the short and tall of food

a couple's adventures in eating

King O Falafel (Kissimmee, FL)

Restaurant: King O Falafel
Location: 5045 W Irlo Bronson Memorial Hwy. Kissimmee, FL


The Food: Lamb Shish-ka-bob (includes rice, vegetables, and a choice of soup or salad)
The Price: $9.99 plus tax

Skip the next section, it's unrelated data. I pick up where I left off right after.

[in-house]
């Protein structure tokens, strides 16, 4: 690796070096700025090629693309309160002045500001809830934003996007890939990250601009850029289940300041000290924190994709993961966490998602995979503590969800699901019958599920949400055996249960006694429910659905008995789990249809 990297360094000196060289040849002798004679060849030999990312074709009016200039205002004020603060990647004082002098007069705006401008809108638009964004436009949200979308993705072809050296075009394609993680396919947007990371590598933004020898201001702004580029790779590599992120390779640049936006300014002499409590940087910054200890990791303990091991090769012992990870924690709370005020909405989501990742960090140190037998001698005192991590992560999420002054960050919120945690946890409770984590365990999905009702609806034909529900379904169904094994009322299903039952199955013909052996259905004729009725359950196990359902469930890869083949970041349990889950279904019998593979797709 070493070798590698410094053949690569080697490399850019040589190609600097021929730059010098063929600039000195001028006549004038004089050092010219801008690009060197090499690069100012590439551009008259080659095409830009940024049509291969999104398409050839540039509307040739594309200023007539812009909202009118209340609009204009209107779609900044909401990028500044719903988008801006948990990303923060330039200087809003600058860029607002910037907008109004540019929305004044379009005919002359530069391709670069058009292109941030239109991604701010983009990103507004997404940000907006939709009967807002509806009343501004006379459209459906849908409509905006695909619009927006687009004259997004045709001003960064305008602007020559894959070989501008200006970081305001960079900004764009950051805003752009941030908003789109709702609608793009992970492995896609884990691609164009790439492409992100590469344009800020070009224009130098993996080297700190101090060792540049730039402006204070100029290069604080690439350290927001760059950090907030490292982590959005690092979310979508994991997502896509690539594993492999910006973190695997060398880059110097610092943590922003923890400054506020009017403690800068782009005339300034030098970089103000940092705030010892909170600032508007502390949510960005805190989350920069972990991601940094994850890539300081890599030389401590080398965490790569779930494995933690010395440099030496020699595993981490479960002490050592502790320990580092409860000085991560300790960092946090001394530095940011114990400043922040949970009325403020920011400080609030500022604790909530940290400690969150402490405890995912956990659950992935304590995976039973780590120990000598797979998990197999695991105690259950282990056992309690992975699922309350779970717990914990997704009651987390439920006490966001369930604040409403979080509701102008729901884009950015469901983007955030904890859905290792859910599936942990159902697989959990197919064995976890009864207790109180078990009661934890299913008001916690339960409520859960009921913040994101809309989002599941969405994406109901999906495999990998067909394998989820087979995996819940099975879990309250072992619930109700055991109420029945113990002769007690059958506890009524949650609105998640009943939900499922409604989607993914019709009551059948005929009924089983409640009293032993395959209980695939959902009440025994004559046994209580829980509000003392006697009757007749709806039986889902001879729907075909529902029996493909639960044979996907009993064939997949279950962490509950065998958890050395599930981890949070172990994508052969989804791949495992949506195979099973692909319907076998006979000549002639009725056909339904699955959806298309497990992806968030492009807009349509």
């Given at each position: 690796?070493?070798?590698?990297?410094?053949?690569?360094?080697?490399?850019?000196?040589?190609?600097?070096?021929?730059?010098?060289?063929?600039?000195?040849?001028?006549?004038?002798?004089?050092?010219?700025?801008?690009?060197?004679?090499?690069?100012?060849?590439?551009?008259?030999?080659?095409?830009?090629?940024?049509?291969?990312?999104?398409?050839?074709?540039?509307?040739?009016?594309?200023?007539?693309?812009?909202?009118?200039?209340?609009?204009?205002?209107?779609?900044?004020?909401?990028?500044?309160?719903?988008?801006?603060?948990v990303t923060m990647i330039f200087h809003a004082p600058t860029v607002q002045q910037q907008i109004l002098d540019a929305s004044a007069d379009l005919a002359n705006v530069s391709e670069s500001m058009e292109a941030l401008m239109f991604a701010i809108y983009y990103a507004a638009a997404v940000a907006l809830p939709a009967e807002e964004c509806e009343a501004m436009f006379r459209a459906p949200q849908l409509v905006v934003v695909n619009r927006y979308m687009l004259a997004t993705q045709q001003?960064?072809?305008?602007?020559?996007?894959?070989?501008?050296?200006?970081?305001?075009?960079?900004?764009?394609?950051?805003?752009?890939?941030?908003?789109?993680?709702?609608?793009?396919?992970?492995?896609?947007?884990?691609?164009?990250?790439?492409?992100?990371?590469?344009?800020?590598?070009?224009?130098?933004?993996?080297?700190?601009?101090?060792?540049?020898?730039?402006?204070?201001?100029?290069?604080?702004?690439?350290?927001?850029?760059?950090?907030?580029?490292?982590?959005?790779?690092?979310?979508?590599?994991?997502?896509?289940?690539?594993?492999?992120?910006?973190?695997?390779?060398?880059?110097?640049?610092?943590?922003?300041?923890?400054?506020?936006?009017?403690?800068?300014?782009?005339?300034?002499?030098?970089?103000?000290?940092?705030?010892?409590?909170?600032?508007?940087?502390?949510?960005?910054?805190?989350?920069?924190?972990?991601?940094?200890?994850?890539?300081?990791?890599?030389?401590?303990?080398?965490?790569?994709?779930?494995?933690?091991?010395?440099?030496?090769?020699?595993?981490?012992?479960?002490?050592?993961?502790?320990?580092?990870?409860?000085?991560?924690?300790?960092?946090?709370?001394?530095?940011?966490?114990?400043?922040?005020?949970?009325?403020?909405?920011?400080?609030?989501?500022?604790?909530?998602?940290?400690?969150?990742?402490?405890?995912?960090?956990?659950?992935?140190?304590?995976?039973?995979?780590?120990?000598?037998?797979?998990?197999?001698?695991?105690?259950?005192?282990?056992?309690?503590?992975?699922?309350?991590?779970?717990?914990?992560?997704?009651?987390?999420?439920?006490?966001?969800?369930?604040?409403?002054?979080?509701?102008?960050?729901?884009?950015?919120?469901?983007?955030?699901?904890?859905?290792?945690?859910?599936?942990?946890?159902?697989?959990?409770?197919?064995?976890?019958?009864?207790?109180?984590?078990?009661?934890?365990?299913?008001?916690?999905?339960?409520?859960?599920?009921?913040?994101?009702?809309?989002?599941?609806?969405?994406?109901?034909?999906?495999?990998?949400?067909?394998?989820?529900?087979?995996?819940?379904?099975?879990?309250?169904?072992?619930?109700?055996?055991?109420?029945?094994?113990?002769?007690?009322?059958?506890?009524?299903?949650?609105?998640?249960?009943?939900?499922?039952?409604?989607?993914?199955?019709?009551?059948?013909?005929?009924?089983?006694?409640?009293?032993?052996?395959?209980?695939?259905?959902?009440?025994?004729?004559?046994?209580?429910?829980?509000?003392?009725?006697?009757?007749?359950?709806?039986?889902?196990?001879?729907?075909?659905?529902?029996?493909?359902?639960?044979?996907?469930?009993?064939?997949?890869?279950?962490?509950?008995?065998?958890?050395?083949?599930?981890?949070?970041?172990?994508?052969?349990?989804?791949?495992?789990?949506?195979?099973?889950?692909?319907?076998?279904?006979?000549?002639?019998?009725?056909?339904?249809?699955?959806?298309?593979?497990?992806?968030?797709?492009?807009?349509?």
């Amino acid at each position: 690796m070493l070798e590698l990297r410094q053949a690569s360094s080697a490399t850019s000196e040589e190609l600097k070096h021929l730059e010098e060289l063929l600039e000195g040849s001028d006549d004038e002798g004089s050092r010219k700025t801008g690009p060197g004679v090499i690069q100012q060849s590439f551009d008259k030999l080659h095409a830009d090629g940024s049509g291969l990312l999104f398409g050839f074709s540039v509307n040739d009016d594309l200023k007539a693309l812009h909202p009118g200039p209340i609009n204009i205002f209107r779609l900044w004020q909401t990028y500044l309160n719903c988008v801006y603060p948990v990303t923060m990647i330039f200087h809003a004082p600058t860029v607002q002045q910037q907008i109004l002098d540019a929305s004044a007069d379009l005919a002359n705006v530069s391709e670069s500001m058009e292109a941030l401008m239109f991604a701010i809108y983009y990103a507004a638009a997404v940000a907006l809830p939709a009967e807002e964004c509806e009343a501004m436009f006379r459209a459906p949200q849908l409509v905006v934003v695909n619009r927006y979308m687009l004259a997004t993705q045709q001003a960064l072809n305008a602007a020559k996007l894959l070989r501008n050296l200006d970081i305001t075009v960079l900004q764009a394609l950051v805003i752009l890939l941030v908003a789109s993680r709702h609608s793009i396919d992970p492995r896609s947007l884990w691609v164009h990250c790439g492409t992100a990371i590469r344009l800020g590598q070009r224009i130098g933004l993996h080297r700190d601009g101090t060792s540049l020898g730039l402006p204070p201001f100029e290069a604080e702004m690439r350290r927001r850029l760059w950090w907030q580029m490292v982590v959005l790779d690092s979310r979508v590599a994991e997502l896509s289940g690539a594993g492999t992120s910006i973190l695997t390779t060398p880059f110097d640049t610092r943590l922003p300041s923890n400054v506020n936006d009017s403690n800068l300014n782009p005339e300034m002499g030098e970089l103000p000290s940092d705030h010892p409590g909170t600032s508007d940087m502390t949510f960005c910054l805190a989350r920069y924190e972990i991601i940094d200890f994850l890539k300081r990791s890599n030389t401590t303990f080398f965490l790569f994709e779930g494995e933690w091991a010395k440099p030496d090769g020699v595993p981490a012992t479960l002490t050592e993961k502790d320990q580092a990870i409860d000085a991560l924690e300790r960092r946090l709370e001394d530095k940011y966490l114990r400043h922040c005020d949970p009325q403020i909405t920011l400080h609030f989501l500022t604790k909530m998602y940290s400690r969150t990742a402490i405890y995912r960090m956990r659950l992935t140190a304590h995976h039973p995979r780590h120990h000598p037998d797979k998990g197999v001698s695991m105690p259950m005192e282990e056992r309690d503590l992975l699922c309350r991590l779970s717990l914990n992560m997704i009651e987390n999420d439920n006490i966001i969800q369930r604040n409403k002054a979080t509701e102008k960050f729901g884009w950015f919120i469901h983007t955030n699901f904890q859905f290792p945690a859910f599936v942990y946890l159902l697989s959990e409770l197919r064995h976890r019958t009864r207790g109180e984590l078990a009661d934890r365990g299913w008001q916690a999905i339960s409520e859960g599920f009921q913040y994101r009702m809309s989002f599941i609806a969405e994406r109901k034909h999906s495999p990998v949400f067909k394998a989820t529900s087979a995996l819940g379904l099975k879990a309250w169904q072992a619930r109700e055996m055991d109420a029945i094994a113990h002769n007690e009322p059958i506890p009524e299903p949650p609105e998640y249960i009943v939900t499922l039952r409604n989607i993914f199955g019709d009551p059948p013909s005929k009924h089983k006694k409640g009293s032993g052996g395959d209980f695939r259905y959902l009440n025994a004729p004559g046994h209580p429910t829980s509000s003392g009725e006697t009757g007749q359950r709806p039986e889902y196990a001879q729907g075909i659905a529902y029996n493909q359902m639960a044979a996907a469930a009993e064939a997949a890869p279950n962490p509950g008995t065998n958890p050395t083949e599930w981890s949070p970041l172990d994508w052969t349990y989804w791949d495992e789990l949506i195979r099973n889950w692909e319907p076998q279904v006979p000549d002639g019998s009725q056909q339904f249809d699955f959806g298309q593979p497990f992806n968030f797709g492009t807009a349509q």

The Critique: MMMMM…Toasty reads the unlit neon sign above the cash register at this local eatery. Q’s adorn the backs of chairs, and the ones on the walls have been cleverly converted into thought bubbles featuring pictures of the foods that are offered here. One would think this place is a Quiznos right? Wrong. You want to know why? Because Quiznos sucks and no one likes it. Ok, maybe that is just me. The bottom line is, the food served at King O Falafel is perhaps the farthest thing from torpedos and bullets which feel more like bombs and lead balloons in your stomach. Yes this restaurant was once a toasty “sub” shop, but in the corporate franchise graveyard lies a flavor and a value unmatched by a “sandwich” shop of any name.